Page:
nep-int New Economics Papers
on International Trade
Issue of 2018‒03‒05
33 papers chosen by
Luca Salvatici
Università degli studi Roma Tre

  1. Multinational enterprises and global value chains: the OECD analytical AMNE database By Charles Cadestin; Koen De Backer; Isabelle Desnoyers-James; Sébastien Miroudot; Davide Rigo; Ming Ye
  2. Tariff Cooperation in Free Trade Areas By Mai, Joseph; Stoyanov, Andrey
  3. Quality and Gravity in International Trade By Flach, Lisandra; Unger, Florian
  4. Unraveling the economic performance of the CEEC countries. The role of exports and global value chains By Jan Hagemejer; Jakub Muck
  5. GVCS and centrality: Mapping key hubs, spokes and the periphery By Chiara Criscuolo; Jonathan Timmis
  6. The involvement in global value chains and its policy implication in Vietnam By Taguchi, Hiroyuki
  7. China’s evolving role in global production networks: Implications for Trump’s trade war By Prema-chandra Athukorala
  8. Exchange Rates and the Working Capital Channel of Trade Fluctuations By Valentina Bruno; Se-Jik Kim
  9. Foreign Direct Investment and Women Empowerment: New Evidence on Developing Countries By Rasmané Ouedraogo; Elodie Marlet
  10. A partial equilibrium analysis of India's agricultural export to GCC: looking beyond the status quo(2009-2015) By Ayyub, Salahuddin; Manral, Prerana
  11. Israel’s Immigration Story: Winners and Losers By Assaf Razin
  12. The Impact of Protective Measures in Integration Associations on International Trade By Baeva, Marina; Knobel, Alexander; Zaytsev, Yuriy; Loshchenkova, Anna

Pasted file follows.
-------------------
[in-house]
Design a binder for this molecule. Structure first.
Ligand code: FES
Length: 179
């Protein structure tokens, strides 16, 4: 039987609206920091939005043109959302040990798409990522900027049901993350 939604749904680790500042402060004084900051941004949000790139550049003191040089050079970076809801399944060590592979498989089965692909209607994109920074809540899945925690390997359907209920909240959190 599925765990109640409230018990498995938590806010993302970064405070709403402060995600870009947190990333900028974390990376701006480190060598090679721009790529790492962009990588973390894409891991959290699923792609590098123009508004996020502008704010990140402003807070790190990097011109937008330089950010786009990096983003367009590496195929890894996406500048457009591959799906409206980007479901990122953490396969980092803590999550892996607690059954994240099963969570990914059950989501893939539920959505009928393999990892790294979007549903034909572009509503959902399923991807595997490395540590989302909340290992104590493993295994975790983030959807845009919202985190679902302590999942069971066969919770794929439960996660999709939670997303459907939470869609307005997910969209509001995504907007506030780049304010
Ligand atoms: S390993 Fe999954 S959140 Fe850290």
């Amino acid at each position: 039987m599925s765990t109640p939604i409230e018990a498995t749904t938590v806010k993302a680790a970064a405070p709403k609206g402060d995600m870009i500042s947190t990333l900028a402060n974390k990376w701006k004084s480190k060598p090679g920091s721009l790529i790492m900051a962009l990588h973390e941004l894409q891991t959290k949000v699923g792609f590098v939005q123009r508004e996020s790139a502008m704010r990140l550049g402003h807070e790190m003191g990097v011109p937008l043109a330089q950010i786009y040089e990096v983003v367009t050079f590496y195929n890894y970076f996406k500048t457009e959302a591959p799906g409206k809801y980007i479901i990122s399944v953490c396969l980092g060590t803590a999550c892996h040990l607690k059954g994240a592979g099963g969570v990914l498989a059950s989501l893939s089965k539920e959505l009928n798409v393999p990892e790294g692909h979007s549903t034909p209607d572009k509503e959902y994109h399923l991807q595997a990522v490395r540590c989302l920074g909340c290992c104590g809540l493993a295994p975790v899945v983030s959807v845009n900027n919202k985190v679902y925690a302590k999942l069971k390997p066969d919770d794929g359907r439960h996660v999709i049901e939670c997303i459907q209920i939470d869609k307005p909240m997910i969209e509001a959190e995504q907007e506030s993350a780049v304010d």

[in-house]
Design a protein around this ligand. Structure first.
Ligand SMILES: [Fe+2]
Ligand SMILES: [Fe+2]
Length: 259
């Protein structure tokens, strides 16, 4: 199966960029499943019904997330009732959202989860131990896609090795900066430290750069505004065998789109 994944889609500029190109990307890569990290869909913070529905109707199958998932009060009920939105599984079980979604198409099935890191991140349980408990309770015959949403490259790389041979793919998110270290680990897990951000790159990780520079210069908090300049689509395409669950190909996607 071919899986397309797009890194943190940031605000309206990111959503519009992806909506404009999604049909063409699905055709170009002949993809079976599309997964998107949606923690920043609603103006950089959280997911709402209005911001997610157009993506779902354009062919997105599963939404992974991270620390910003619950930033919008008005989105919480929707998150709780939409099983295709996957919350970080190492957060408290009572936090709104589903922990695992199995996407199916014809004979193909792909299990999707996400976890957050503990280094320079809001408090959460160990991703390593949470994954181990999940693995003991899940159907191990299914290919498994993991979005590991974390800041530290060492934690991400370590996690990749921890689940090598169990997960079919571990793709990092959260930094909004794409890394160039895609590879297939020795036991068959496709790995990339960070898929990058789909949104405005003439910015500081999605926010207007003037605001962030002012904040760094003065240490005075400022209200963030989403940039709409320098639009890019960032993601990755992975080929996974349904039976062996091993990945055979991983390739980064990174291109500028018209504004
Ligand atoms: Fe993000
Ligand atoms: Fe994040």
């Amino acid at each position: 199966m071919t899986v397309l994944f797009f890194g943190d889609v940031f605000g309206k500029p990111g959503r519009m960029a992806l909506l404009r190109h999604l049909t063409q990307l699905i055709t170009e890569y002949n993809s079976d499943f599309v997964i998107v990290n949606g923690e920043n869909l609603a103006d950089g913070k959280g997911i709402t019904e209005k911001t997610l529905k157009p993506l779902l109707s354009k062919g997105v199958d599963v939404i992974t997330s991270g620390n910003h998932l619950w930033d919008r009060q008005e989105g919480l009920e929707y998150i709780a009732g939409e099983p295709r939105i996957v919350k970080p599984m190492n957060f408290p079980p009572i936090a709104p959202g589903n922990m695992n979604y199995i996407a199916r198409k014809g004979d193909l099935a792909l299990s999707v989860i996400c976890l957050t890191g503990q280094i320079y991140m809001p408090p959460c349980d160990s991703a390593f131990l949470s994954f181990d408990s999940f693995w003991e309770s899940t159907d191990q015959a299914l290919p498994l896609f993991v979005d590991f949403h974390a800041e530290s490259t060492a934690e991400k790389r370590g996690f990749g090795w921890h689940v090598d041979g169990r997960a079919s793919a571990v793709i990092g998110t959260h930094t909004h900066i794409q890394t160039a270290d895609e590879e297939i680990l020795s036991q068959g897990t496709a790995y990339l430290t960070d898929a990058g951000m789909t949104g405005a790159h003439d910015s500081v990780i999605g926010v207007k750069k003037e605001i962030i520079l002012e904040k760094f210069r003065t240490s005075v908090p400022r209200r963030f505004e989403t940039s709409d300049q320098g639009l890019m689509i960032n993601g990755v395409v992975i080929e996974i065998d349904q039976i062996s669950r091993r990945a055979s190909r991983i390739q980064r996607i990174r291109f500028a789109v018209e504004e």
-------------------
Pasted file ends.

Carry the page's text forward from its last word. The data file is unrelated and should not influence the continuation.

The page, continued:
13. The anatomy of a trade collapse: The UK, 1929-33 By De Bromhead, Alan; Fernihough, Alan; Lampe, Markus; O'Rourke, Kevin H.
  14. BREXIT and FDI: Key Issues and New Empirical Findings By Paul J.J. Welfens; Fabian J. Baier
  15. Exchange Rate Movements, Firm-Level Exports and Heterogeneity By A. Berthou; E. Dhyne
  16. How to become a leader in an emerging new global market: The determinants of French wine exports, 1848-1938 By María Isabel Ayuda; Hugo Ferrer-Pérez; Vicente Pinilla
  17. Frankel and Romer revisited By Kyvik Nordås, Hildegunn
  18. Does Informal Employment Respond to Growth Opportunities? Trade-Based Evidence from Bangladesh By Prodyumna Goutam; Italo A. Gutierrez; Krishna B. Kumar; Shanthi Nataraj
  19. Exchange rate movements,firm-level exports and heterogeneity By Antoine Berthou; Emannuel Dhyne
  20. I’m Neither Racist nor Xenophobic, but: Dissecting European Attitudes towards a Ban on Muslims’ Immigration By Marfouk, Abdeslam
  21. Aid to agriculture, trade and take-off By Alessandra Pelloni; Thanasis Stengos; Ilaria Tedesco
  22. Skills, Population Aging, and the Pattern of Trade By Gu, Ke; Stoyanov, Andrey